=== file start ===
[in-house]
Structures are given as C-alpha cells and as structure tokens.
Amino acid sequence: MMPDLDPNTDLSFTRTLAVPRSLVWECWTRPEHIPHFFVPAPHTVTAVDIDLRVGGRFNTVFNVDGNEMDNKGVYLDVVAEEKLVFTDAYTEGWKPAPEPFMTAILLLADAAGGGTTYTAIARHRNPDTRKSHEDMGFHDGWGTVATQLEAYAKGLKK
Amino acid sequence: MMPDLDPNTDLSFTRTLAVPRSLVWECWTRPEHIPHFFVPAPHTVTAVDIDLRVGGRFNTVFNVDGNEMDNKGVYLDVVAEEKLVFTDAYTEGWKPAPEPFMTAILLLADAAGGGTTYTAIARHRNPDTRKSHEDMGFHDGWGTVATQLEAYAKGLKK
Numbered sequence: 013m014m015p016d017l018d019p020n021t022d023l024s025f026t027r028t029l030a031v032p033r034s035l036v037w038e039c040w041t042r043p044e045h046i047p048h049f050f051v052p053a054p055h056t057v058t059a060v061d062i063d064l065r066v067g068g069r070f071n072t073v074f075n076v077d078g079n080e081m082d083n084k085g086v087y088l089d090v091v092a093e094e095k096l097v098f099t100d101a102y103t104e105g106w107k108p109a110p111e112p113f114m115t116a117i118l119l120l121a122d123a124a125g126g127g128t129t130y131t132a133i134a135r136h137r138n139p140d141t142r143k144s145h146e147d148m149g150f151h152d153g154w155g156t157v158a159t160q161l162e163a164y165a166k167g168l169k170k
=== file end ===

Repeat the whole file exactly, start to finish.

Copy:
[in-house]
Structures are given as C-alpha cells and as structure tokens.
Amino acid sequence: MMPDLDPNTDLSFTRTLAVPRSLVWECWTRPEHIPHFFVPAPHTVTAVDIDLRVGGRFNTVFNVDGNEMDNKGVYLDVVAEEKLVFTDAYTEGWKPAPEPFMTAILLLADAAGGGTTYTAIARHRNPDTRKSHEDMGFHDGWGTVATQLEAYAKGLKK
Amino acid sequence: MMPDLDPNTDLSFTRTLAVPRSLVWECWTRPEHIPHFFVPAPHTVTAVDIDLRVGGRFNTVFNVDGNEMDNKGVYLDVVAEEKLVFTDAYTEGWKPAPEPFMTAILLLADAAGGGTTYTAIARHRNPDTRKSHEDMGFHDGWGTVATQLEAYAKGLKK
Numbered sequence: 013m014m015p016d017l018d019p020n021t022d023l024s025f026t027r028t029l030a031v032p033r034s035l036v037w038e039c040w041t042r043p044e045h046i047p048h049f050f051v052p053a054p055h056t057v058t059a060v061d062i063d064l065r066v067g068g069r070f071n072t073v074f075n076v077d078g079n080e081m082d083n084k085g086v087y088l089d090v091v092a093e094e095k096l097v098f099t100d101a102y103t104e105g106w107k108p109a110p111e112p113f114m115t116a117i118l119l120l121a122d123a124a125g126g127g128t129t130y131t132a133i134a135r136h137r138n139p140d141t142r143k144s145h146e147d148m149g150f151h152d153g154w155g156t157v158a159t160q161l162e163a164y165a166k167g168l169k170k